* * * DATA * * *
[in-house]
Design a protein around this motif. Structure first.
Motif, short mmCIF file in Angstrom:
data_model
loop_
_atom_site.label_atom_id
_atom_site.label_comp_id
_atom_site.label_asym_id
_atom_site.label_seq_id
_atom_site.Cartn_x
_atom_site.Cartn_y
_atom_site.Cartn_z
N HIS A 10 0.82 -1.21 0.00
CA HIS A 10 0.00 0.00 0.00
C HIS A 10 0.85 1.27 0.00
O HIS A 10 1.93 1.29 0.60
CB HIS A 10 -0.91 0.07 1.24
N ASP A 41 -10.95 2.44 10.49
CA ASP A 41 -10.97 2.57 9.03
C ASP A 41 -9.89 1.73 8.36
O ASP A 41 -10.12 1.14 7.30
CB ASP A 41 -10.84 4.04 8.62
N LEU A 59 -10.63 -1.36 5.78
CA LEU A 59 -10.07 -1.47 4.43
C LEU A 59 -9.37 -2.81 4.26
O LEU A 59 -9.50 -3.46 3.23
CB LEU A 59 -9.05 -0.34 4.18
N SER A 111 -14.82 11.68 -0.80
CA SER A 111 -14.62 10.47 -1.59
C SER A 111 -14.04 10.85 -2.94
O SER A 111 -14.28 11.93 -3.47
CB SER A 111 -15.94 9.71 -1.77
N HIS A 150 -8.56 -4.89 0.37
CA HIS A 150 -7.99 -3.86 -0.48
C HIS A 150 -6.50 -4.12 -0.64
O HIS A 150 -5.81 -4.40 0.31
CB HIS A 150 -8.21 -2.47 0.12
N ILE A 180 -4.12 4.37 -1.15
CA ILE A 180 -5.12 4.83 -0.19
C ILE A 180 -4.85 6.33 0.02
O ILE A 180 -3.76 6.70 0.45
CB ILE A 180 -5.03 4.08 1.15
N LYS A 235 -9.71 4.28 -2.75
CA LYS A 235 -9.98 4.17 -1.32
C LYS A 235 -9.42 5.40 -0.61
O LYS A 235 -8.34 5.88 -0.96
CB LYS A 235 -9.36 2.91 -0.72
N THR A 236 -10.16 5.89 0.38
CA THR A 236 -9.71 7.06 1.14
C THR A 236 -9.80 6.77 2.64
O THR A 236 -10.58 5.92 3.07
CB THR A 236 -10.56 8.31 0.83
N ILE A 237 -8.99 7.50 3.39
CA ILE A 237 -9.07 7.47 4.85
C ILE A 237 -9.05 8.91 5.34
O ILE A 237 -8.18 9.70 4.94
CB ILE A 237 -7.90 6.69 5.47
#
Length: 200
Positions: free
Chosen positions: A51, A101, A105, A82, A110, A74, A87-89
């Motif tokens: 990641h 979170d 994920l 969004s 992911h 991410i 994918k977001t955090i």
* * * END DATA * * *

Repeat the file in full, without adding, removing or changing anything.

[in-house]
Design a protein around this motif. Structure first.
Motif, short mmCIF file in Angstrom:
data_model
loop_
_atom_site.label_atom_id
_atom_site.label_comp_id
_atom_site.label_asym_id
_atom_site.label_seq_id
_atom_site.Cartn_x
_atom_site.Cartn_y
_atom_site.Cartn_z
N HIS A 10 0.82 -1.21 0.00
CA HIS A 10 0.00 0.00 0.00
C HIS A 10 0.85 1.27 0.00
O HIS A 10 1.93 1.29 0.60
CB HIS A 10 -0.91 0.07 1.24
N ASP A 41 -10.95 2.44 10.49
CA ASP A 41 -10.97 2.57 9.03
C ASP A 41 -9.89 1.73 8.36
O ASP A 41 -10.12 1.14 7.30
CB ASP A 41 -10.84 4.04 8.62
N LEU A 59 -10.63 -1.36 5.78
CA LEU A 59 -10.07 -1.47 4.43
C LEU A 59 -9.37 -2.81 4.26
O LEU A 59 -9.50 -3.46 3.23
CB LEU A 59 -9.05 -0.34 4.18
N SER A 111 -14.82 11.68 -0.80
CA SER A 111 -14.62 10.47 -1.59
C SER A 111 -14.04 10.85 -2.94
O SER A 111 -14.28 11.93 -3.47
CB SER A 111 -15.94 9.71 -1.77
N HIS A 150 -8.56 -4.89 0.37
CA HIS A 150 -7.99 -3.86 -0.48
C HIS A 150 -6.50 -4.12 -0.64
O HIS A 150 -5.81 -4.40 0.31
CB HIS A 150 -8.21 -2.47 0.12
N ILE A 180 -4.12 4.37 -1.15
CA ILE A 180 -5.12 4.83 -0.19
C ILE A 180 -4.85 6.33 0.02
O ILE A 180 -3.76 6.70 0.45
CB ILE A 180 -5.03 4.08 1.15
N LYS A 235 -9.71 4.28 -2.75
CA LYS A 235 -9.98 4.17 -1.32
C LYS A 235 -9.42 5.40 -0.61
O LYS A 235 -8.34 5.88 -0.96
CB LYS A 235 -9.36 2.91 -0.72
N THR A 236 -10.16 5.89 0.38
CA THR A 236 -9.71 7.06 1.14
C THR A 236 -9.80 6.77 2.64
O THR A 236 -10.58 5.92 3.07
CB THR A 236 -10.56 8.31 0.83
N ILE A 237 -8.99 7.50 3.39
CA ILE A 237 -9.07 7.47 4.85
C ILE A 237 -9.05 8.91 5.34
O ILE A 237 -8.18 9.70 4.94
CB ILE A 237 -7.90 6.69 5.47
#
Length: 200
Positions: free
Chosen positions: A51, A101, A105, A82, A110, A74, A87-89
């Motif tokens: 990641h 979170d 994920l 969004s 992911h 991410i 994918k977001t955090i």